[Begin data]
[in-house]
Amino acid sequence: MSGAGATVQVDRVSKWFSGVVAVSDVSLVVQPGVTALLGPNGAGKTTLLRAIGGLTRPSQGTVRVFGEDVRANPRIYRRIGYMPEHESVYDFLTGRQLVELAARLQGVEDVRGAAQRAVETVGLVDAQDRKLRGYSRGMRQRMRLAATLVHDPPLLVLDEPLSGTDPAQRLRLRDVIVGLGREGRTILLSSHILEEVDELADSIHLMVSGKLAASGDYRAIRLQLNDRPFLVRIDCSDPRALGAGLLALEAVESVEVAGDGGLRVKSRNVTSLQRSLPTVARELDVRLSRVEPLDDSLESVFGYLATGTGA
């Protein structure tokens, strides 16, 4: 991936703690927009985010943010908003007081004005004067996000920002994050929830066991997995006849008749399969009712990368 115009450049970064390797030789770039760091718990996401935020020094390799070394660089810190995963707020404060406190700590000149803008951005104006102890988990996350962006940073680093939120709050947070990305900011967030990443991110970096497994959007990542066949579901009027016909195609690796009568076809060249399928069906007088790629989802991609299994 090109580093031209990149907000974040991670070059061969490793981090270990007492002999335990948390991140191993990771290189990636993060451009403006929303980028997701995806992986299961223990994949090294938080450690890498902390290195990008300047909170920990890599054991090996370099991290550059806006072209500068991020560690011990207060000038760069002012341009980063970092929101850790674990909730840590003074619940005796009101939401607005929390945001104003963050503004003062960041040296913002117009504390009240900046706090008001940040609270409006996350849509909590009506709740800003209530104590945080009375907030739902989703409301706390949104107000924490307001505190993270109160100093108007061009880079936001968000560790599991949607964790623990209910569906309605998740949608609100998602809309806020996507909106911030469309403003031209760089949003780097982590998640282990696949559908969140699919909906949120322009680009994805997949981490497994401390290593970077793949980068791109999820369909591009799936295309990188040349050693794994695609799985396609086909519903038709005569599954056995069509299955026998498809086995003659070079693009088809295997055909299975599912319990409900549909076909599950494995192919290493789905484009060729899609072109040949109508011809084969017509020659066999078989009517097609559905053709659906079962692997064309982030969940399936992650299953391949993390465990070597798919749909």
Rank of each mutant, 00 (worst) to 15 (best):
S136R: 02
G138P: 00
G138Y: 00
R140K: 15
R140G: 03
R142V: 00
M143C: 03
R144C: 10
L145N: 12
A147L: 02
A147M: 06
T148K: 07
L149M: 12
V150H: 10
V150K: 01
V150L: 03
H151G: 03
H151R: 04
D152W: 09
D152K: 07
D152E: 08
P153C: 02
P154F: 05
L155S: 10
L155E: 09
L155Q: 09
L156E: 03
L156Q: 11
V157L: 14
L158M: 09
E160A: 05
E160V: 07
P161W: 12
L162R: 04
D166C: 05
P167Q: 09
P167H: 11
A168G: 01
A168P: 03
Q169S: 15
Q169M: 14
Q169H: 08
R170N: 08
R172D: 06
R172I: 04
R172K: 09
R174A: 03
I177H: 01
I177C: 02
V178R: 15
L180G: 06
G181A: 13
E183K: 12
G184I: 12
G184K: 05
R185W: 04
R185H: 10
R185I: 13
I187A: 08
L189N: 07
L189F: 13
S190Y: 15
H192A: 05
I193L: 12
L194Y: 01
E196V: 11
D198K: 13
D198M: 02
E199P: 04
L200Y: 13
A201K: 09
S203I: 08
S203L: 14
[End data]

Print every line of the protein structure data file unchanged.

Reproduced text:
[in-house]
Amino acid sequence: MSGAGATVQVDRVSKWFSGVVAVSDVSLVVQPGVTALLGPNGAGKTTLLRAIGGLTRPSQGTVRVFGEDVRANPRIYRRIGYMPEHESVYDFLTGRQLVELAARLQGVEDVRGAAQRAVETVGLVDAQDRKLRGYSRGMRQRMRLAATLVHDPPLLVLDEPLSGTDPAQRLRLRDVIVGLGREGRTILLSSHILEEVDELADSIHLMVSGKLAASGDYRAIRLQLNDRPFLVRIDCSDPRALGAGLLALEAVESVEVAGDGGLRVKSRNVTSLQRSLPTVARELDVRLSRVEPLDDSLESVFGYLATGTGA
């Protein structure tokens, strides 16, 4: 991936703690927009985010943010908003007081004005004067996000920002994050929830066991997995006849008749399969009712990368 115009450049970064390797030789770039760091718990996401935020020094390799070394660089810190995963707020404060406190700590000149803008951005104006102890988990996350962006940073680093939120709050947070990305900011967030990443991110970096497994959007990542066949579901009027016909195609690796009568076809060249399928069906007088790629989802991609299994 090109580093031209990149907000974040991670070059061969490793981090270990007492002999335990948390991140191993990771290189990636993060451009403006929303980028997701995806992986299961223990994949090294938080450690890498902390290195990008300047909170920990890599054991090996370099991290550059806006072209500068991020560690011990207060000038760069002012341009980063970092929101850790674990909730840590003074619940005796009101939401607005929390945001104003963050503004003062960041040296913002117009504390009240900046706090008001940040609270409006996350849509909590009506709740800003209530104590945080009375907030739902989703409301706390949104107000924490307001505190993270109160100093108007061009880079936001968000560790599991949607964790623990209910569906309605998740949608609100998602809309806020996507909106911030469309403003031209760089949003780097982590998640282990696949559908969140699919909906949120322009680009994805997949981490497994401390290593970077793949980068791109999820369909591009799936295309990188040349050693794994695609799985396609086909519903038709005569599954056995069509299955026998498809086995003659070079693009088809295997055909299975599912319990409900549909076909599950494995192919290493789905484009060729899609072109040949109508011809084969017509020659066999078989009517097609559905053709659906079962692997064309982030969940399936992650299953391949993390465990070597798919749909």
Rank of each mutant, 00 (worst) to 15 (best):
S136R: 02
G138P: 00
G138Y: 00
R140K: 15
R140G: 03
R142V: 00
M143C: 03
R144C: 10
L145N: 12
A147L: 02
A147M: 06
T148K: 07
L149M: 12
V150H: 10
V150K: 01
V150L: 03
H151G: 03
H151R: 04
D152W: 09
D152K: 07
D152E: 08
P153C: 02
P154F: 05
L155S: 10
L155E: 09
L155Q: 09
L156E: 03
L156Q: 11
V157L: 14
L158M: 09
E160A: 05
E160V: 07
P161W: 12
L162R: 04
D166C: 05
P167Q: 09
P167H: 11
A168G: 01
A168P: 03
Q169S: 15
Q169M: 14
Q169H: 08
R170N: 08
R172D: 06
R172I: 04
R172K: 09
R174A: 03
I177H: 01
I177C: 02
V178R: 15
L180G: 06
G181A: 13
E183K: 12
G184I: 12
G184K: 05
R185W: 04
R185H: 10
R185I: 13
I187A: 08
L189N: 07
L189F: 13
S190Y: 15
H192A: 05
I193L: 12
L194Y: 01
E196V: 11
D198K: 13
D198M: 02
E199P: 04
L200Y: 13
A201K: 09
S203I: 08
S203L: 14